von Tilo Jung, 16.7.13
Was hat ein gewisser Edward Snowden da nun eigentlich ans Licht gebracht? Muss ich ihm dankbar sein, dass ich unseren Regierungen nun noch weniger trauen kann? Wie sieht die Architektur hinter “Big Brother” aus? Warum ist es wichtig, so was zu wissen? Wieso vergleichen sehr viele die heutige Zeit mit der Stasi? Und sollten wir unsere Politiker nicht verstehen, wenn sie bei diesen Problemen einfach nix machen können?
Ich habe mich für diese offenen, naiven Fragen mit Jacob Appelbaum erneut eine halbe Stunde hingesetzt. Jacob ist Kryptographie-Experte und hat letztens gerade einen gewissen Edward Snowden interviewt. Er scheint also Ahnung zu haben.
“The Foreign Intelligence Surveillance Court actually redefined the word ‘relevant’, such, that it does not mean anything that is a common understanding of the word relevant.”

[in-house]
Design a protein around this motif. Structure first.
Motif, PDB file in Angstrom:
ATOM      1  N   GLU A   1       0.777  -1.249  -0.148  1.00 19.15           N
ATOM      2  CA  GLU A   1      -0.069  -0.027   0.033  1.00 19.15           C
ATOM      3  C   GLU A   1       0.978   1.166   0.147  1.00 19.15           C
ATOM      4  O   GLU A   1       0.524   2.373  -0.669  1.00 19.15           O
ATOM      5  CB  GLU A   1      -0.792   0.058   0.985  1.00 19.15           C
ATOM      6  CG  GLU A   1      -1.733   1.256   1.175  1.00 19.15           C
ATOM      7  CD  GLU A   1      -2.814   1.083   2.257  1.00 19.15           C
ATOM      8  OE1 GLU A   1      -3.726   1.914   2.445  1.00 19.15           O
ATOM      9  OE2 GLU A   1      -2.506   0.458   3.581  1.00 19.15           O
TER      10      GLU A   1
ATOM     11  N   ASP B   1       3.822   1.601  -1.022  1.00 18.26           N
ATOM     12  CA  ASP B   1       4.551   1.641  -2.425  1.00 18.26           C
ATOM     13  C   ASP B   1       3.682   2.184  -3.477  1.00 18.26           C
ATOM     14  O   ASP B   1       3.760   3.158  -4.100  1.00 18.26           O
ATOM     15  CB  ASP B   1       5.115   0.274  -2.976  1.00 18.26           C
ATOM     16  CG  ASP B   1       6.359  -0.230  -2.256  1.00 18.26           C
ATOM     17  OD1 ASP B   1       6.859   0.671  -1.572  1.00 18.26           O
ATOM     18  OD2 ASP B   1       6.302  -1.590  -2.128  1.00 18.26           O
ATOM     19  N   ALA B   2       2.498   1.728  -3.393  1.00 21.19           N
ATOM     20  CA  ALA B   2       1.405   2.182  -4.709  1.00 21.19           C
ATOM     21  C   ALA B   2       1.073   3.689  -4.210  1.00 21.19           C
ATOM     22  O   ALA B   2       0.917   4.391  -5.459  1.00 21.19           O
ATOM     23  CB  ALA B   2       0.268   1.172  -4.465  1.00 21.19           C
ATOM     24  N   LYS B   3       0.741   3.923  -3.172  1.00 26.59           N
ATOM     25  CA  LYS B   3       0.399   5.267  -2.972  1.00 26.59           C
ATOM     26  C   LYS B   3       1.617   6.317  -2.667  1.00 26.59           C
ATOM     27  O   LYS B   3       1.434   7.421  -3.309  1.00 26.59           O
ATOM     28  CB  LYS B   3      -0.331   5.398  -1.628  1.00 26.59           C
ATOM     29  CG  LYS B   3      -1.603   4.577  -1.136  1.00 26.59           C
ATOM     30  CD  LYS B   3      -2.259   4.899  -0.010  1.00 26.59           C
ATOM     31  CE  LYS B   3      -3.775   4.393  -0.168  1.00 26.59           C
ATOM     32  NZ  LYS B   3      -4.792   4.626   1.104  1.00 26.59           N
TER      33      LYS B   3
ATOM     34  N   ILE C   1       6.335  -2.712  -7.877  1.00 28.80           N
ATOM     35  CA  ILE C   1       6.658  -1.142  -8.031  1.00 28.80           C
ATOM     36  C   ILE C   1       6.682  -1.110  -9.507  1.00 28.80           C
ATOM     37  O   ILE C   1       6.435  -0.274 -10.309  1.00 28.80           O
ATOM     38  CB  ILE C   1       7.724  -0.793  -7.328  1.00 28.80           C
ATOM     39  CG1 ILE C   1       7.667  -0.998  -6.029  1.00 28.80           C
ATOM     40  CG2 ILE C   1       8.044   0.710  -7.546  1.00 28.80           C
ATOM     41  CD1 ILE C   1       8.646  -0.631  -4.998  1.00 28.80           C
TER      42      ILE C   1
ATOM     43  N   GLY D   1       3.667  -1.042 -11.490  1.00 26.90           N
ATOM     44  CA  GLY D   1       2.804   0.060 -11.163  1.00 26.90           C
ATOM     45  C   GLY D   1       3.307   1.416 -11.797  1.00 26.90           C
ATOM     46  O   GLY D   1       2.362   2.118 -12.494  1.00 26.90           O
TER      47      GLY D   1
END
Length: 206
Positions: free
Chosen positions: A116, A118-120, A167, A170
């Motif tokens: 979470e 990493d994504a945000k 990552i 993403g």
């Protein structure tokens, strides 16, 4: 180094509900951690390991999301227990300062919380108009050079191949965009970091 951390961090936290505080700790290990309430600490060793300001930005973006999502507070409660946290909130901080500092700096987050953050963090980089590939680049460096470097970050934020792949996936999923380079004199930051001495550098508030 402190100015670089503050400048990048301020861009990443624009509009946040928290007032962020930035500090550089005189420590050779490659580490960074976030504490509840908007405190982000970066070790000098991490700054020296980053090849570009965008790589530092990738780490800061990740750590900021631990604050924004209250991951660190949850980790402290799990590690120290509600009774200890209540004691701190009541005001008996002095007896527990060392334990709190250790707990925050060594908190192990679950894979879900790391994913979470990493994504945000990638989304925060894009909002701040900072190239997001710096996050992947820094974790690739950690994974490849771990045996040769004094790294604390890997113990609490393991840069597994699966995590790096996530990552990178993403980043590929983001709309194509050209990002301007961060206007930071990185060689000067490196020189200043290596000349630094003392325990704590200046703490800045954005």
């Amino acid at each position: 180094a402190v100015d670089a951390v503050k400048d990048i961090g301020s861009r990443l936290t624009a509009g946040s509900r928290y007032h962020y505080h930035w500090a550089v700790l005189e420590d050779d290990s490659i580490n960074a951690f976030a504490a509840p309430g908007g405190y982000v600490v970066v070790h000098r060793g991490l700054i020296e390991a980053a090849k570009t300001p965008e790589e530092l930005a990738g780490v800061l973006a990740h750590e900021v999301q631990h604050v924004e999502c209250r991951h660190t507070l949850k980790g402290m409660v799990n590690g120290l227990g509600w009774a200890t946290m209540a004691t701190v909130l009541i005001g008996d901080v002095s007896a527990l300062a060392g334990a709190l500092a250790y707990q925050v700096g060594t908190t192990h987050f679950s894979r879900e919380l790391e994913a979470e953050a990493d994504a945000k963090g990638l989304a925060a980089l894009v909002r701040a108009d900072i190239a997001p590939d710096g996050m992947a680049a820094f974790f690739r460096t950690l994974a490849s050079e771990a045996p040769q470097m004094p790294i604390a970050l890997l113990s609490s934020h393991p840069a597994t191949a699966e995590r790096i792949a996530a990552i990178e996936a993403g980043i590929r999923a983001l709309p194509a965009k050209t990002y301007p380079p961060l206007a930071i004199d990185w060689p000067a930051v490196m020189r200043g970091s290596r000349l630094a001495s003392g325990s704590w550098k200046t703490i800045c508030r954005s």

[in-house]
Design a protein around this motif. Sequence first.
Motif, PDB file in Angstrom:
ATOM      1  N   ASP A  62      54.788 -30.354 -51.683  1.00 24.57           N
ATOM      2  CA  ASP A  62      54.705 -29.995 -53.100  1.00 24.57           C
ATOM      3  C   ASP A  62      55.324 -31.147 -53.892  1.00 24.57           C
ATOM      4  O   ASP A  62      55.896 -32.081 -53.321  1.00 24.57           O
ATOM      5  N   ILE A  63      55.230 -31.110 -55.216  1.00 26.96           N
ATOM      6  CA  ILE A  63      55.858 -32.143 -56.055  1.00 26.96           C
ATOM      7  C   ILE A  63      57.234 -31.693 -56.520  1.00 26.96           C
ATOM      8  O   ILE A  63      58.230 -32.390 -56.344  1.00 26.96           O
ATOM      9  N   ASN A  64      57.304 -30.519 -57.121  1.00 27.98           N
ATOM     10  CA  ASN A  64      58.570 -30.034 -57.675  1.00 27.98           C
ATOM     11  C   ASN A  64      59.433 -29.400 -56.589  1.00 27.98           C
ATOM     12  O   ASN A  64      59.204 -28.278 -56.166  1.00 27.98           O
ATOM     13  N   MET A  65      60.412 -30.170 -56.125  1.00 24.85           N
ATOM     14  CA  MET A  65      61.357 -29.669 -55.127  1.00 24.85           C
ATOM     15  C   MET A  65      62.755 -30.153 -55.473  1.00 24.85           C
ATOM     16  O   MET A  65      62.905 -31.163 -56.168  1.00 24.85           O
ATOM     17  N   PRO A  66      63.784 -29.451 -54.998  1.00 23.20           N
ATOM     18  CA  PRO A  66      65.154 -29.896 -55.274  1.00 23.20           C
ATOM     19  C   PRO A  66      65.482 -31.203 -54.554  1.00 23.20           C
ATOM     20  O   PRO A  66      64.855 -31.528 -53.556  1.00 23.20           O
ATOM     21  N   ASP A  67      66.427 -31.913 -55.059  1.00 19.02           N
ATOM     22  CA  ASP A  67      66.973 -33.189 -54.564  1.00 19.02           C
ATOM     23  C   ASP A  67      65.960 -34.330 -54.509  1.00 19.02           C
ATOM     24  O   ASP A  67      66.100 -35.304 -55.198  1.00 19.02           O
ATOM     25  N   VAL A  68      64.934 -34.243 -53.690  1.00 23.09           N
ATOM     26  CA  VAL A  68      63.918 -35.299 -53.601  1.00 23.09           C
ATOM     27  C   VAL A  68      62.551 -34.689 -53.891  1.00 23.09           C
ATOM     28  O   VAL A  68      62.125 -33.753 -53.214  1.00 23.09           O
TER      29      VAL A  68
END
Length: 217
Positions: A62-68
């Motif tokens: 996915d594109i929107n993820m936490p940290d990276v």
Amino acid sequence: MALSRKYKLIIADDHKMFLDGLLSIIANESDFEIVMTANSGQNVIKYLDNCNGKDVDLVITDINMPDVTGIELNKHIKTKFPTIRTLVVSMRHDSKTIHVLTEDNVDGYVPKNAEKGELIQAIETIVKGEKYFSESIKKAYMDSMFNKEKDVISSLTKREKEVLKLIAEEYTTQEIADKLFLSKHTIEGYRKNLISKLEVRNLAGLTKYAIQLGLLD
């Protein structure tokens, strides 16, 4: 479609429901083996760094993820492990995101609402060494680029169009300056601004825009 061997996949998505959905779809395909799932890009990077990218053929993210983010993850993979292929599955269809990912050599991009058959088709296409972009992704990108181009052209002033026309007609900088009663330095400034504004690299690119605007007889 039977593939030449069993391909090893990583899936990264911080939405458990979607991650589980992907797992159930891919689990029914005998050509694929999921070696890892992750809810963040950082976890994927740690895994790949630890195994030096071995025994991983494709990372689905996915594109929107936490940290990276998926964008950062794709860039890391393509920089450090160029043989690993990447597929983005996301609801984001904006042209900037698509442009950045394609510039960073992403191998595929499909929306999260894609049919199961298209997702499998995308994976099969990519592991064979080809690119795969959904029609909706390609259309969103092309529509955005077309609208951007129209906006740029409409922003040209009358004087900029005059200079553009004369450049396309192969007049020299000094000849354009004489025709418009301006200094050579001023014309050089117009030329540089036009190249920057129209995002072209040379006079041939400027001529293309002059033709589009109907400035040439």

“When someone says, ‘it’s not like the Stasi’, but then they basically support drone operations that killed women and children, innocent people, people who don’t even have a trial, who are killed because of a data trail [..] And when they shoot them twice, so-called ‘double-tap’, that’s a war crime. And the surveillance data ties into those actions. There is a direct connection between them, because the surveillance data is used for targeting, and targeting is the first step in identification for murder, which is a war crime in this case, especially with double-tapped drone strikes. It’s especially a war crime when it’s women and children, who are completely innocent in a sovereign nation, being killed by another sovereign nation.”